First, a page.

Nuclear milestone in Georgia boosts utility participants

Years late and billions of dollars over budget — but finally producing electricity.

The milestone of full operations for the Plant Vogtle unit 3 nuclear reactor in Georgia has improved the rating outlook for three utilities that contracted to take its electricity.

Georgia-based MEAG Power, Jacksonville’s city-owned JEA utility and Alabama-based PowerSouth Energy Cooperative, partners on the development of two new nuclear reactors at Plant Vogtle in Waynesboro, Georgia, all received rating outlook boosts to stable from negative from S&P Global Ratings Wednesday following the partial start of commercial operations.

Nuclear power units 3 and 4 at Plant Vogtle in Georgia
Nuclear power units 3 and 4 at Plant Vogtle in Georgia. The start of operations at unit 3 bolstered the S&P rating outlook

Georgia Power

Plant owner Georgia Power declared the Vogtle 3 unit to be as of July 31.

“Although construction continues at Vogtle unit 4, which has also experienced similar delays, we view the start of commercial operations at unit 3 and Nuclear Regulatory Commission clearance for the commencement of fuel loading at unit 4 as indicators of lower operating risks facing the three issuers,” S&P said.

MEAG Power owns a 22.7% stake in the $30 billion project. Its bonds carry S&P ratings between BBB-plus and A, depending on the revenues pledged to back them.

The reactors were to have been completed in 2016 and 2017 but investor-owned Georgia Power, owners of the largest 45% stake and its primary contractor, encountered numerous delays and overruns, S&P said.

“The outlook revisions reflect the commencement of commercial operation, albeit seven years behind schedule and at a cost that is almost double initial projections,” S&P said.

Under a take-or-pay power agreement struck with MEAG by JEA and PowerSouth, financing would be provided by billions of bonds issued by MEAG, with 20 years of debt service on the 40-year notes covered by the two other partners in return for ownership stakes in the energy produced.

In 2018, with work behind schedule and over budget, the JEA, owners of a 13% stake in the energy produced by the new reactors, sued to leave the partnership, for JEA, the city of Jacksonville, and a directly affected MEAG series of bonds.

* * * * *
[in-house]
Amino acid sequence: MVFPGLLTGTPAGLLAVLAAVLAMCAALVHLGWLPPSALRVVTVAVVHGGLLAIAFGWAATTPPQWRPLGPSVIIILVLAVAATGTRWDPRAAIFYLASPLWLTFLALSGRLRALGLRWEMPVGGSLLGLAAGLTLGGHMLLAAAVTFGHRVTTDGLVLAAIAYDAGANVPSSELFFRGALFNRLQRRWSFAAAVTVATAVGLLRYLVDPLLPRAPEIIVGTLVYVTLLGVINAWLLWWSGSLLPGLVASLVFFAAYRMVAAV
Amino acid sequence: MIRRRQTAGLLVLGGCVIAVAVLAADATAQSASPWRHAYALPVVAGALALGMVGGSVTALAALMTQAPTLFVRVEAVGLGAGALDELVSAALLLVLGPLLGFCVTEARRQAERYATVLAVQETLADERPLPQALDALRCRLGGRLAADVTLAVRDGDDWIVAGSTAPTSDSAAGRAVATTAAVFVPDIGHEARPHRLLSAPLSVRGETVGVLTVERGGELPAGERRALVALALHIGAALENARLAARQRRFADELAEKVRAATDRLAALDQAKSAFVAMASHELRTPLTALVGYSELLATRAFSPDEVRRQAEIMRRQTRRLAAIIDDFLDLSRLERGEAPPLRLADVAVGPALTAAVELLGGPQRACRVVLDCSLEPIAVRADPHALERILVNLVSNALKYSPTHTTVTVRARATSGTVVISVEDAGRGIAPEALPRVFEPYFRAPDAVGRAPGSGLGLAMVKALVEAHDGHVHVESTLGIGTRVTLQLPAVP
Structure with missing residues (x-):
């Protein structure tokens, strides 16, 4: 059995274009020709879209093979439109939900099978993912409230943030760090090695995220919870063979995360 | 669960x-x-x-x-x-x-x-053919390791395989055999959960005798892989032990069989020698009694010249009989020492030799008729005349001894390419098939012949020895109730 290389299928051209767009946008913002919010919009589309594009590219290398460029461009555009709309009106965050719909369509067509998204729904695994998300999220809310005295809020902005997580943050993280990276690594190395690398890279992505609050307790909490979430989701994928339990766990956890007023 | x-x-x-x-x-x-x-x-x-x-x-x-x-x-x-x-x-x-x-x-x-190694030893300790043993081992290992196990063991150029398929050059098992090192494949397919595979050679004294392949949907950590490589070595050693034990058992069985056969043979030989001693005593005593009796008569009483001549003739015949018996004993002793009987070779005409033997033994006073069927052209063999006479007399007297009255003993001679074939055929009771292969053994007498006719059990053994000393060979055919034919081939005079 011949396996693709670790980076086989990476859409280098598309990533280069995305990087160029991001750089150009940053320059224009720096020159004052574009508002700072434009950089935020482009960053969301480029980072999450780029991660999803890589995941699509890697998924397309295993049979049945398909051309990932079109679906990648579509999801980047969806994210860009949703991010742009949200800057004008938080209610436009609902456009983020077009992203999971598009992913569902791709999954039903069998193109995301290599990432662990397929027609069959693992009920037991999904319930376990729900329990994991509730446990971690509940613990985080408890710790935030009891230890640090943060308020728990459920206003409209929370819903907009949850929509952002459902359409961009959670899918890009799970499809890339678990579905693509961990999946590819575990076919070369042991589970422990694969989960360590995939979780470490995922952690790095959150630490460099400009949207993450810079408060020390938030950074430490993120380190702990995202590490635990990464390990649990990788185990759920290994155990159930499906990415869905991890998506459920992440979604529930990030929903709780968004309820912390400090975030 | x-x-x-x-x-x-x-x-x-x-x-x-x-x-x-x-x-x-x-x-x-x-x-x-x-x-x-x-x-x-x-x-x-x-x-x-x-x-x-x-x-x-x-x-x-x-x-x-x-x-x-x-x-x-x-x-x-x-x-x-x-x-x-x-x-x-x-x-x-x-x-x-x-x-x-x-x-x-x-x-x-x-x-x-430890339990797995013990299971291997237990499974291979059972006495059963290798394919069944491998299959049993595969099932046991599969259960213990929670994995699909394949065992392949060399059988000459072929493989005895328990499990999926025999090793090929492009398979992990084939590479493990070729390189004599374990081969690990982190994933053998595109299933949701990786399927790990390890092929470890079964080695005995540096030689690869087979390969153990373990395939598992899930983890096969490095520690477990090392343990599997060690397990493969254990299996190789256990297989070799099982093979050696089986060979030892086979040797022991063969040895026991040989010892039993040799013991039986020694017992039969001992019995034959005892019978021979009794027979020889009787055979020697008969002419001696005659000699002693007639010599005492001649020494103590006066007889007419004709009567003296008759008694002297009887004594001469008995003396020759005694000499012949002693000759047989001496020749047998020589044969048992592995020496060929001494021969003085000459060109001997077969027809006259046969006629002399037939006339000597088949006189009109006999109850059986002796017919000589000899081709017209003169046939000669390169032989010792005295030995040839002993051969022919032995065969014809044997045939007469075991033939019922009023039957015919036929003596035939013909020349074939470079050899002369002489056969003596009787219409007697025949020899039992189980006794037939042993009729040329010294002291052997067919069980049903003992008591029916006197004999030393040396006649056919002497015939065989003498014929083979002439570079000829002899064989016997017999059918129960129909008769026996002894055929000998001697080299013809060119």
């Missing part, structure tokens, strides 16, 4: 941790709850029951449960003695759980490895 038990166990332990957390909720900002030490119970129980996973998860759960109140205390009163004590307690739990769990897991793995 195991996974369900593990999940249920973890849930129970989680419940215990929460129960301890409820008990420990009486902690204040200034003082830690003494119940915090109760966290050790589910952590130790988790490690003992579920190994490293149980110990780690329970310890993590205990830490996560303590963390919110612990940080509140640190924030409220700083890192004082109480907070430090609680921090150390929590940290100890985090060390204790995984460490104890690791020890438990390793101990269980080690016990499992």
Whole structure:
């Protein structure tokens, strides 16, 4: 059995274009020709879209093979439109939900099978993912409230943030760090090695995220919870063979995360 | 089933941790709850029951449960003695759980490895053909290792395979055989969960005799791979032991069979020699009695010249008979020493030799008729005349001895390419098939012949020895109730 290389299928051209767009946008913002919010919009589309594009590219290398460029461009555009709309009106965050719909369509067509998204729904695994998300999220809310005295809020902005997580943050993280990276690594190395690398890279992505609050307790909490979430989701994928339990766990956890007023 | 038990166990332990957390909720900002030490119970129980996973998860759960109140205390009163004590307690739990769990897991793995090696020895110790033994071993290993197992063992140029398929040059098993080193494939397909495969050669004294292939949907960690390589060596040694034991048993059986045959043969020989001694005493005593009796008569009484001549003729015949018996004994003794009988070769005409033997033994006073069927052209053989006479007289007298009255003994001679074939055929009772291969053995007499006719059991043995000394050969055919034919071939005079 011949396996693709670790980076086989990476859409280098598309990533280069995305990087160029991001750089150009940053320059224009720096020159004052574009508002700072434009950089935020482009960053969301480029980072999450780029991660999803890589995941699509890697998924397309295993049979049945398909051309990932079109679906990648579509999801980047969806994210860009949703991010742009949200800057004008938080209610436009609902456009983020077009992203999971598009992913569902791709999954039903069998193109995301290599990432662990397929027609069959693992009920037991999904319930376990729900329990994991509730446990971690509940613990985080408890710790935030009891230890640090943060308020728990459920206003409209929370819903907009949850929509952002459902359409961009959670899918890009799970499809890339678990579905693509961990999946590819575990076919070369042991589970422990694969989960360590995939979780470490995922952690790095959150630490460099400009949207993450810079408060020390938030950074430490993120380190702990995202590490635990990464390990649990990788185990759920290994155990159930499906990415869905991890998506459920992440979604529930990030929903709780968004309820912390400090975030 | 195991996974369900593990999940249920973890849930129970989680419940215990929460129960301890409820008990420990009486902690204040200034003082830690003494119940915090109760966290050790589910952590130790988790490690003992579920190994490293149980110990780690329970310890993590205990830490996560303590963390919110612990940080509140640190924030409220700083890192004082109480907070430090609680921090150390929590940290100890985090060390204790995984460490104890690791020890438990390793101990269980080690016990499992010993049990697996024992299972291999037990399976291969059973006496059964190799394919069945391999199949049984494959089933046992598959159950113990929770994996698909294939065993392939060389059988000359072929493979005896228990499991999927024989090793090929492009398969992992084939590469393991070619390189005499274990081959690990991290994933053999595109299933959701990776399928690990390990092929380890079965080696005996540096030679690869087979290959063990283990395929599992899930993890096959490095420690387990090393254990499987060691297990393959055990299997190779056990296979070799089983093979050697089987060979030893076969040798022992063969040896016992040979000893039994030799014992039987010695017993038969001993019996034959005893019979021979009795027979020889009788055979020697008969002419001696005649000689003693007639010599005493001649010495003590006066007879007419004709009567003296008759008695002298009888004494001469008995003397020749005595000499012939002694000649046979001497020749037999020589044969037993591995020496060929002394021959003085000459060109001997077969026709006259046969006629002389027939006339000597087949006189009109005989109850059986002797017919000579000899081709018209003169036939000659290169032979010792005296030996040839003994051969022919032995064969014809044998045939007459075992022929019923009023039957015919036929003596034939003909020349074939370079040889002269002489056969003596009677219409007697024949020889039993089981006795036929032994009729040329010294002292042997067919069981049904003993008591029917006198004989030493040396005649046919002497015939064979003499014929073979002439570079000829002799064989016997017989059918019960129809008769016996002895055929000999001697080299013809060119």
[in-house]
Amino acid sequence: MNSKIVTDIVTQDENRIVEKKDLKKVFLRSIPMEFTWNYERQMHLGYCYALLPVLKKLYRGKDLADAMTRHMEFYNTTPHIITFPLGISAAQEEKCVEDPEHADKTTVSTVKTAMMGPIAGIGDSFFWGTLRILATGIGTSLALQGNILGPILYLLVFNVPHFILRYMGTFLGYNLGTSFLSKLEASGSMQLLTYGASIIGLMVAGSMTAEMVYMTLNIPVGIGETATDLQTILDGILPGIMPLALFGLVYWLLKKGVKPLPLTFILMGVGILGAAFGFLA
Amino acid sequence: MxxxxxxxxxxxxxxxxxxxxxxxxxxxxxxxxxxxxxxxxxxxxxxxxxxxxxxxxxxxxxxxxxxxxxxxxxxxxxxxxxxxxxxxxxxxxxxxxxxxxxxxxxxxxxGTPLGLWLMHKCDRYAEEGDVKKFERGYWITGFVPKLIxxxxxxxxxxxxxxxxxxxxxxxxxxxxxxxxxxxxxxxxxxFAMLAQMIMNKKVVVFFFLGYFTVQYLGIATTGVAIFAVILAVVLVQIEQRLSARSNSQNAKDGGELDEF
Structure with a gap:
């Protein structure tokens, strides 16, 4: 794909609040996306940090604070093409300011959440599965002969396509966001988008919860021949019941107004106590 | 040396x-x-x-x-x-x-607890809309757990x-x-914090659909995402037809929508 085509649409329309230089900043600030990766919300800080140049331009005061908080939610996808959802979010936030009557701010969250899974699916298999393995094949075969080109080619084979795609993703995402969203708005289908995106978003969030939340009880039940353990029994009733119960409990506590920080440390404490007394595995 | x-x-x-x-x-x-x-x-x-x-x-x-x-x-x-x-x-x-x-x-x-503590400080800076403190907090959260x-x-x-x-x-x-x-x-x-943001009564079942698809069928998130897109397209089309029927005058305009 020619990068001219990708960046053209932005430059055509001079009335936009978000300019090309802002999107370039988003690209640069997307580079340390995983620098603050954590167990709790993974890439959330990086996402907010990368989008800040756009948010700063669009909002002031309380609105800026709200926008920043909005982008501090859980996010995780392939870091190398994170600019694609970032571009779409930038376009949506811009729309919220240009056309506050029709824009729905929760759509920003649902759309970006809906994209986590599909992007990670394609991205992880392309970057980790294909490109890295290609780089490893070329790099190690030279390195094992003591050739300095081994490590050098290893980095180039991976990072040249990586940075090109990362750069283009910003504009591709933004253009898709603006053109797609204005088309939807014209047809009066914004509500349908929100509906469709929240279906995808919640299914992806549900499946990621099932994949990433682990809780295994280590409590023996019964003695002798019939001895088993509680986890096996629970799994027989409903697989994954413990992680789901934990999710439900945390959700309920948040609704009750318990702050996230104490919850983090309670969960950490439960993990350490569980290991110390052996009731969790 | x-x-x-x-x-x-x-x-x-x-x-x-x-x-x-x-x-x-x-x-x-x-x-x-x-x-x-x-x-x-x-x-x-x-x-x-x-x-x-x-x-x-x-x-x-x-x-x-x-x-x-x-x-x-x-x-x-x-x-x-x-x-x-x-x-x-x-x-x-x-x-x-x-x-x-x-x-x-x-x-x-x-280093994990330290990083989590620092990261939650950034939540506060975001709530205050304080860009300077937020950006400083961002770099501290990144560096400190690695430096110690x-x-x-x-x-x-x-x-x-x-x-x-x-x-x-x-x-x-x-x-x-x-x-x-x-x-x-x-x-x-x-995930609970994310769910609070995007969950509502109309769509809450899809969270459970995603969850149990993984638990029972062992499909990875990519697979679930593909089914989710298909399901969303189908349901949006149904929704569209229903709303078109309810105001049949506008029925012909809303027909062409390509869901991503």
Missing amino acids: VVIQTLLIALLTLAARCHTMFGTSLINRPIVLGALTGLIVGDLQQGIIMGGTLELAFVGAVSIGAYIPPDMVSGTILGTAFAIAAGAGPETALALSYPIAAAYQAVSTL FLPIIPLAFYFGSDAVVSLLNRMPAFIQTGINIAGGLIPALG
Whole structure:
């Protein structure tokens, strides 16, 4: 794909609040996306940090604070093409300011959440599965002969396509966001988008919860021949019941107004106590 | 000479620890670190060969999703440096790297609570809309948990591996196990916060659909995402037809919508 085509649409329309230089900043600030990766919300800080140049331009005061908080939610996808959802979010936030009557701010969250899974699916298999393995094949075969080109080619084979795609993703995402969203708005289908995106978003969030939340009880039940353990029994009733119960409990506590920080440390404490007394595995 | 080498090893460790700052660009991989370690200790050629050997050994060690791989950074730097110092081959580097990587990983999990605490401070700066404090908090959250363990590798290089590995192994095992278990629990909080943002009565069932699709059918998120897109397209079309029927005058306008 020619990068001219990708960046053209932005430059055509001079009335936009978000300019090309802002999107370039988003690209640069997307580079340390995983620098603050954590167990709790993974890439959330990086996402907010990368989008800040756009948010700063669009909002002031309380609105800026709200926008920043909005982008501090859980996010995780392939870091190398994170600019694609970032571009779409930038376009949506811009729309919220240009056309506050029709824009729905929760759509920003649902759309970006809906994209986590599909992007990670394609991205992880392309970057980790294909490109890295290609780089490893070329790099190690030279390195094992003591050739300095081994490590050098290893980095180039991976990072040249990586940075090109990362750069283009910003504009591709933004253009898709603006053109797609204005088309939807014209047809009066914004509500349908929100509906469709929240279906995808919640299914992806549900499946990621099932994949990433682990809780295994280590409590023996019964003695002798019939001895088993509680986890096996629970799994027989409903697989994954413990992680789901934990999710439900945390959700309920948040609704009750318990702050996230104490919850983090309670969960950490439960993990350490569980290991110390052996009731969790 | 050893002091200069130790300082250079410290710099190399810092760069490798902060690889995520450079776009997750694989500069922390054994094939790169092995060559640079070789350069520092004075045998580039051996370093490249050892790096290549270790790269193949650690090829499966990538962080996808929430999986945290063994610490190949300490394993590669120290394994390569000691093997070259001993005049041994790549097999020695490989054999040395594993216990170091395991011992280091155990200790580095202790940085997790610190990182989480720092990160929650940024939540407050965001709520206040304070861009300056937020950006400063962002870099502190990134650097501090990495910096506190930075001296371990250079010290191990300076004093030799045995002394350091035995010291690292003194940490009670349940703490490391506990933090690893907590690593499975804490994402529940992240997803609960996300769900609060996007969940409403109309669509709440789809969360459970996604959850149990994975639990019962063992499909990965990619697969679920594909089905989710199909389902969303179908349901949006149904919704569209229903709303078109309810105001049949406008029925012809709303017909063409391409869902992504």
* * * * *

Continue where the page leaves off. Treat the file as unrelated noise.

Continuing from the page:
In August 2020 a settlement was reached that kept the deal afloat and resulted ratings.

Now the project has found more stable footing, indicating lower operating risks facing the three issuers, S&P said.

S&P currently rates JEA A-plus with a stable outlook. It rates PowerSouth Electric Cooperative BBB-plus with a stable outlook.

In its decision, S&P cautioned that the reactor’s commercial viability “reduces but does not eliminate” the financial uncertainties surrounding the project and its partners.

The rating agency said JEA, which is pursuing the goal of 35% clean energy production by 2030 and hopes to leverage the two new reactors for 11% of that total, had a “limited transition to clean resources” suffering from “an outgrowth of a failed multiyear initiative to sell the utility that hindered long-term strategic planning.”

Alabama’s PowerSouth faced the confluence of rising natural gas costs and higher than estimated project totals, which together “placed potential pressure on the cooperative’s financial flexibility and resulted in softening of projected financial metrics.”

“Nevertheless,” S&P said, “we conclude that the utility’s strong financial performance and less uncertainty surrounding the Vogtle project support the revised outlook,” adding they will continue to monitor the uncertainties surrounding the completion costs of the fourth reactor.

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